Politics could define the New Year

Published 9:22 am Friday, December 30, 2016

From a political standpoint, 2017 should be an interesting year.

We have a new president and the Republican Party has strengthened its majorities in the House and Senate.

Locally, city officials and potential challengers are gearing up for municipal elections that will be held in the summer. Qualifying for the municipal elections will begin in January according to the Mississippi Secretary of State’s Office, although the city’s election calendar setting the primary, runoff and general election dates has not been released.

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In 2016, an unusual candidate, Donald Trump, the ultimate political outsider, was elected to office by the Electoral College; it’s a distinction he shares with three presidents, Rutherford B. Hayes (1876), Benjamin Harrison (1888), and George W. Bush (2000). Trump has yet to fully reveal or explain his entire program to the people, although his nominees for cabinet posts have met with some criticism from not just Democrats, but by some people in his own party. And while Trump believes he may have a mandate from the people, he’s mistaken. He lost the popular vote to Hilary Clinton by about 2.86 million votes and won in the Electoral College by 77 votes; hardly the ingredients to claim a mandate.

And as for the Republican majority, it’s time to put up or shut up.

For the past four years, the Republicans in Congress have complained and bragged about what they could do with a Republican president in the White House. O.K. fellas, here’s your chance. If you do away with the Affordable Care Act, the so-called Obamacare, what will you offer in its place to the millions of working Americans who will be without health care coverage because they either can’t afford it or can’t get it through work?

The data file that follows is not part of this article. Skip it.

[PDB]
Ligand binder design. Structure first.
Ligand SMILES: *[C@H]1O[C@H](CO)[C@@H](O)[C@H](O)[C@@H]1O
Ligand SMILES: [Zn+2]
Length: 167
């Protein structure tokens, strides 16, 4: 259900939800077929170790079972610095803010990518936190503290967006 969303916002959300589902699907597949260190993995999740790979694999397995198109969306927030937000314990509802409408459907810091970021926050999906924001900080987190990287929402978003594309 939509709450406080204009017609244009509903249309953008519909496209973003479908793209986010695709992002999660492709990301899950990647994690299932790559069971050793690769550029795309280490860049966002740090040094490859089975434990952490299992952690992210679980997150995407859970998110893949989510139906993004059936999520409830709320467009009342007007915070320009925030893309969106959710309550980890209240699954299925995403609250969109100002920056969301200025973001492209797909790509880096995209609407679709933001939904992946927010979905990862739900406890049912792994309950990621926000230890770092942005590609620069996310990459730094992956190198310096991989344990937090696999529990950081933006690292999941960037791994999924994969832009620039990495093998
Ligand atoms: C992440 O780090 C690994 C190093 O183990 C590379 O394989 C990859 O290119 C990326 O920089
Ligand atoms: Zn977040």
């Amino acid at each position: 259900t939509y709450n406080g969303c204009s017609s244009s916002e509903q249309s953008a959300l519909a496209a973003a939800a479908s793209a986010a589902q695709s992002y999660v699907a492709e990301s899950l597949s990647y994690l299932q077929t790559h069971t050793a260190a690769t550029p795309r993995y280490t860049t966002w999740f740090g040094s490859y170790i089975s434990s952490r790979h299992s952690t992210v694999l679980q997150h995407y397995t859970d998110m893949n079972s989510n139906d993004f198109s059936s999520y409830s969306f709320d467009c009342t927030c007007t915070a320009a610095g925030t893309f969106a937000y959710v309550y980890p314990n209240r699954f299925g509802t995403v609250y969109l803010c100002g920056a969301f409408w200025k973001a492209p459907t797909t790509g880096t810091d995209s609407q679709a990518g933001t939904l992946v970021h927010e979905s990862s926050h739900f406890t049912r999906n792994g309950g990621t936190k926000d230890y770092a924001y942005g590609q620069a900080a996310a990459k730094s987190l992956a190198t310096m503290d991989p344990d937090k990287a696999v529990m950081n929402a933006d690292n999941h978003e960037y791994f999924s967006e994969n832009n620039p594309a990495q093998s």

So far, no one’s presented a viable alternative.

How are you going to create an economic structure that will guarantee the unemployed will have jobs? Where will you find the money to make up for all the tax cuts Mr. Trump is promising, and will these cuts help the middle class? How will you restore all the money the second President Bush borrowed from Social Security for his wars in Iraq and Afghanistan?

Those are big questions and they require common sense and responsible answers.

Locally, whose going to be running for the seats on the Board of Mayor and Aldermen? Mayor George Flaggs Jr. has already said he’s running. Aldermen Michael Mayfield and Willis Thompson haven’t said what they’re going to do.

The street talk throws out different candidates for each office, and there are some people in the community who are angry with the board for various reasons. Some will run for office and some will put up others to run because they don’t have the intestinal fortitude do it themselves.

The mysteries will begin to unravel themselves once qualifying begins in January and the voters will learn who’s running for what. It could be a circus.

It should all make the coming year entertaining.

About John Surratt

John Surratt is a graduate of Louisiana State University with a degree in general studies. He has worked as an editor, reporter and photographer for newspapers in Louisiana, Mississippi and Alabama. He has been a member of The Vicksburg Post staff since 2011 and covers city government. He and his wife attend St. Paul Catholic Church and he is a member of the Port City Kiwanis Club.

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